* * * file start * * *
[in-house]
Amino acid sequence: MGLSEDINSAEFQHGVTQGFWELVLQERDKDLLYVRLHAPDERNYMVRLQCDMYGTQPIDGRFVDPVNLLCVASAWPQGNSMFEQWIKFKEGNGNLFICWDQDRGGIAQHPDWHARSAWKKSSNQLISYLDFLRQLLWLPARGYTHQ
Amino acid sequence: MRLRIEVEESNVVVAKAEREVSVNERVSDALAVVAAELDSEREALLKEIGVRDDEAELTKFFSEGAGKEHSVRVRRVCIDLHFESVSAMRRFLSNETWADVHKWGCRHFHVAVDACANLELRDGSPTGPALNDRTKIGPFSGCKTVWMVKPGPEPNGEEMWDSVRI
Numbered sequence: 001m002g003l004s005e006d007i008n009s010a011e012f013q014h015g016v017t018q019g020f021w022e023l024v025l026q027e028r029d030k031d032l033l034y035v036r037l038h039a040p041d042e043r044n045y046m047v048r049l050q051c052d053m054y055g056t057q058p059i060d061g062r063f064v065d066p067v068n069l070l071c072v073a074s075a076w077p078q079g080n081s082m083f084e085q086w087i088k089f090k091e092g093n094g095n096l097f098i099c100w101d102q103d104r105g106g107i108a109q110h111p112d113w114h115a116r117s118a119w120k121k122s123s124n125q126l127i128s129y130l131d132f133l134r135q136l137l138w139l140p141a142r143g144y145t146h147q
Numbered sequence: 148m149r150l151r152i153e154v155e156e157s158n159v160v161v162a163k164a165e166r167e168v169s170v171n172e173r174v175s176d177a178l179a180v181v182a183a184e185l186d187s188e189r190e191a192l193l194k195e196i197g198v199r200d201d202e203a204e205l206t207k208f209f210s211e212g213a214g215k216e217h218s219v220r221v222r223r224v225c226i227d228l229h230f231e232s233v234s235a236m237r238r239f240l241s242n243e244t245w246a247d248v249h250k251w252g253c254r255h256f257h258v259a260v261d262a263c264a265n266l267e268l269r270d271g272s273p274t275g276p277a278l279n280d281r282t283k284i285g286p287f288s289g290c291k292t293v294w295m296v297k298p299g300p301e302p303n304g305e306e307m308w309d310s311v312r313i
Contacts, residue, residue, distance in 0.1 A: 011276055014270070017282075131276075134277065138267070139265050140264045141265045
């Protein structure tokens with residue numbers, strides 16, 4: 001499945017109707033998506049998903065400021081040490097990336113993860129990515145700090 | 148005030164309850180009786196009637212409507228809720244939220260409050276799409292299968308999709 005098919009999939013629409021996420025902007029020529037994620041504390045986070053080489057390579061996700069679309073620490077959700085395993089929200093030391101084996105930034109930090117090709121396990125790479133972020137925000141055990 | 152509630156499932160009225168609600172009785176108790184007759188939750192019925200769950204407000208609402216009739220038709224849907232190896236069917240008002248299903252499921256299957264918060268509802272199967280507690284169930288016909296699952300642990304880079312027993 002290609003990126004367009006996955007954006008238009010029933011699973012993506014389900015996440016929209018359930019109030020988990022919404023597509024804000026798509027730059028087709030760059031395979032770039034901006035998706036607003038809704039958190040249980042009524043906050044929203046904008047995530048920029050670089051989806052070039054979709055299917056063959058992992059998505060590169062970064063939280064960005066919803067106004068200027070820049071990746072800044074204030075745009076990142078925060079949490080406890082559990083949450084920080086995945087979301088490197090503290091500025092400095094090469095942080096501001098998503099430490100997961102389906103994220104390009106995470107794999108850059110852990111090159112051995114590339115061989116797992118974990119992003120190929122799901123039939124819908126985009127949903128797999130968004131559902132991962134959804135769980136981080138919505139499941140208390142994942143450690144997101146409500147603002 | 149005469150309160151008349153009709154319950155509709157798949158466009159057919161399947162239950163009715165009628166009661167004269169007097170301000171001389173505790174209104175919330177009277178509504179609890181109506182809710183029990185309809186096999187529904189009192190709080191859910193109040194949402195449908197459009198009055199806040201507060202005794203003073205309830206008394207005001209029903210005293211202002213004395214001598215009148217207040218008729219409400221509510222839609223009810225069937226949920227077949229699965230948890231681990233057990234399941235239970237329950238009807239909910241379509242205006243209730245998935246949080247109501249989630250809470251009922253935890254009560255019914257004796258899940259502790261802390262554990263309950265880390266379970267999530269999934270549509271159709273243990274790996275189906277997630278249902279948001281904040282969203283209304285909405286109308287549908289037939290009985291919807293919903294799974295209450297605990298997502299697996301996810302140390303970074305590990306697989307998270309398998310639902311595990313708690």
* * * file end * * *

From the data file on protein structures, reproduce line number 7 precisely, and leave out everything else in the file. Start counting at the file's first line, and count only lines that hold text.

């Protein structure tokens with residue numbers, strides 16, 4: 001499945017109707033998506049998903065400021081040490097990336113993860129990515145700090 | 148005030164309850180009786196009637212409507228809720244939220260409050276799409292299968308999709 005098919009999939013629409021996420025902007029020529037994620041504390045986070053080489057390579061996700069679309073620490077959700085395993089929200093030391101084996105930034109930090117090709121396990125790479133972020137925000141055990 | 152509630156499932160009225168609600172009785176108790184007759188939750192019925200769950204407000208609402216009739220038709224849907232190896236069917240008002248299903252499921256299957264918060268509802272199967280507690284169930288016909296699952300642990304880079312027993 002290609003990126004367009006996955007954006008238009010029933011699973012993506014389900015996440016929209018359930019109030020988990022919404023597509024804000026798509027730059028087709030760059031395979032770039034901006035998706036607003038809704039958190040249980042009524043906050044929203046904008047995530048920029050670089051989806052070039054979709055299917056063959058992992059998505060590169062970064063939280064960005066919803067106004068200027070820049071990746072800044074204030075745009076990142078925060079949490080406890082559990083949450084920080086995945087979301088490197090503290091500025092400095094090469095942080096501001098998503099430490100997961102389906103994220104390009106995470107794999108850059110852990111090159112051995114590339115061989116797992118974990119992003120190929122799901123039939124819908126985009127949903128797999130968004131559902132991962134959804135769980136981080138919505139499941140208390142994942143450690144997101146409500147603002 | 149005469150309160151008349153009709154319950155509709157798949158466009159057919161399947162239950163009715165009628166009661167004269169007097170301000171001389173505790174209104175919330177009277178509504179609890181109506182809710183029990185309809186096999187529904189009192190709080191859910193109040194949402195449908197459009198009055199806040201507060202005794203003073205309830206008394207005001209029903210005293211202002213004395214001598215009148217207040218008729219409400221509510222839609223009810225069937226949920227077949229699965230948890231681990233057990234399941235239970237329950238009807239909910241379509242205006243209730245998935246949080247109501249989630250809470251009922253935890254009560255019914257004796258899940259502790261802390262554990263309950265880390266379970267999530269999934270549509271159709273243990274790996275189906277997630278249902279948001281904040282969203283209304285909405286109308287549908289037939290009985291919807293919903294799974295209450297605990298997502299697996301996810302140390303970074305590990306697989307998270309398998310639902311595990313708690």